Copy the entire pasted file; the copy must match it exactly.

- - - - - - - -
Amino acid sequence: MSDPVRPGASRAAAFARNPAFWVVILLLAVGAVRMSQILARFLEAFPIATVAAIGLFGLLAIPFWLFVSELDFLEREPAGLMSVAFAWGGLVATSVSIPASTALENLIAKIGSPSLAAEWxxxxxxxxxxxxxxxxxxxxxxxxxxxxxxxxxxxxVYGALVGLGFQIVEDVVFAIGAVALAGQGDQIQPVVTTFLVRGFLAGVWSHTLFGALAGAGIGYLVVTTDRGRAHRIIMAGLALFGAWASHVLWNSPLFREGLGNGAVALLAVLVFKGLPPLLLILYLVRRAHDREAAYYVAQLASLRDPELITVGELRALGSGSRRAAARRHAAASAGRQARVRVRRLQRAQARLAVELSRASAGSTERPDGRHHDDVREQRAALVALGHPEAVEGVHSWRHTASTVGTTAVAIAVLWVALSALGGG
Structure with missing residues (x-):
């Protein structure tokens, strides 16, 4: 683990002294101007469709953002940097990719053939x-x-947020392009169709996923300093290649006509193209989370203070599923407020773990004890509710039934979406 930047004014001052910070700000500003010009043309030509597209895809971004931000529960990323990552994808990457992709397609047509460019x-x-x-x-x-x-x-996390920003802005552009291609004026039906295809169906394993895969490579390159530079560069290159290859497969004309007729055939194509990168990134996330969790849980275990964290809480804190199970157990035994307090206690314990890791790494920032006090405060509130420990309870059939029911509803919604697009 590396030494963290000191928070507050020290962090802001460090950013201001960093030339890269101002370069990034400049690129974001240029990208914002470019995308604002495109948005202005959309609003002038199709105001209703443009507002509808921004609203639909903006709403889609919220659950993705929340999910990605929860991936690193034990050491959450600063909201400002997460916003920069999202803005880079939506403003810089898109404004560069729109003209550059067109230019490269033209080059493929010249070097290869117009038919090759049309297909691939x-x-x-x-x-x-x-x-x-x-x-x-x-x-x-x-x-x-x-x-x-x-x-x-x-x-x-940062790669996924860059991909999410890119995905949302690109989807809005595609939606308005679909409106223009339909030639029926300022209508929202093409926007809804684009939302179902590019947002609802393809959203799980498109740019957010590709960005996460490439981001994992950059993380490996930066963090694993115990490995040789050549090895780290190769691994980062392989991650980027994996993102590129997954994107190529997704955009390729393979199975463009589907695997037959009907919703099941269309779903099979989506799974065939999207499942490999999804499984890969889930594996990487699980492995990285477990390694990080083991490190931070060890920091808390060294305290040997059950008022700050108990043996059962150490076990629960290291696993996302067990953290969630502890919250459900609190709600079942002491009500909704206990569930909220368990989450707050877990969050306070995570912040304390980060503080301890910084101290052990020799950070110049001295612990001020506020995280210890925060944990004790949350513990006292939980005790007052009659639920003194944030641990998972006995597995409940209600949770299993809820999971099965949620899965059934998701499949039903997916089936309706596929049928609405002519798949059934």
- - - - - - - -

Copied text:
Amino acid sequence: MSDPVRPGASRAAAFARNPAFWVVILLLAVGAVRMSQILARFLEAFPIATVAAIGLFGLLAIPFWLFVSELDFLEREPAGLMSVAFAWGGLVATSVSIPASTALENLIAKIGSPSLAAEWxxxxxxxxxxxxxxxxxxxxxxxxxxxxxxxxxxxxVYGALVGLGFQIVEDVVFAIGAVALAGQGDQIQPVVTTFLVRGFLAGVWSHTLFGALAGAGIGYLVVTTDRGRAHRIIMAGLALFGAWASHVLWNSPLFREGLGNGAVALLAVLVFKGLPPLLLILYLVRRAHDREAAYYVAQLASLRDPELITVGELRALGSGSRRAAARRHAAASAGRQARVRVRRLQRAQARLAVELSRASAGSTERPDGRHHDDVREQRAALVALGHPEAVEGVHSWRHTASTVGTTAVAIAVLWVALSALGGG
Structure with missing residues (x-):
């Protein structure tokens, strides 16, 4: 683990002294101007469709953002940097990719053939x-x-947020392009169709996923300093290649006509193209989370203070599923407020773990004890509710039934979406 930047004014001052910070700000500003010009043309030509597209895809971004931000529960990323990552994808990457992709397609047509460019x-x-x-x-x-x-x-996390920003802005552009291609004026039906295809169906394993895969490579390159530079560069290159290859497969004309007729055939194509990168990134996330969790849980275990964290809480804190199970157990035994307090206690314990890791790494920032006090405060509130420990309870059939029911509803919604697009 590396030494963290000191928070507050020290962090802001460090950013201001960093030339890269101002370069990034400049690129974001240029990208914002470019995308604002495109948005202005959309609003002038199709105001209703443009507002509808921004609203639909903006709403889609919220659950993705929340999910990605929860991936690193034990050491959450600063909201400002997460916003920069999202803005880079939506403003810089898109404004560069729109003209550059067109230019490269033209080059493929010249070097290869117009038919090759049309297909691939x-x-x-x-x-x-x-x-x-x-x-x-x-x-x-x-x-x-x-x-x-x-x-x-x-x-x-940062790669996924860059991909999410890119995905949302690109989807809005595609939606308005679909409106223009339909030639029926300022209508929202093409926007809804684009939302179902590019947002609802393809959203799980498109740019957010590709960005996460490439981001994992950059993380490996930066963090694993115990490995040789050549090895780290190769691994980062392989991650980027994996993102590129997954994107190529997704955009390729393979199975463009589907695997037959009907919703099941269309779903099979989506799974065939999207499942490999999804499984890969889930594996990487699980492995990285477990390694990080083991490190931070060890920091808390060294305290040997059950008022700050108990043996059962150490076990629960290291696993996302067990953290969630502890919250459900609190709600079942002491009500909704206990569930909220368990989450707050877990969050306070995570912040304390980060503080301890910084101290052990020799950070110049001295612990001020506020995280210890925060944990004790949350513990006292939980005790007052009659639920003194944030641990998972006995597995409940209600949770299993809820999971099965949620899965059934998701499949039903997916089936309706596929049928609405002519798949059934």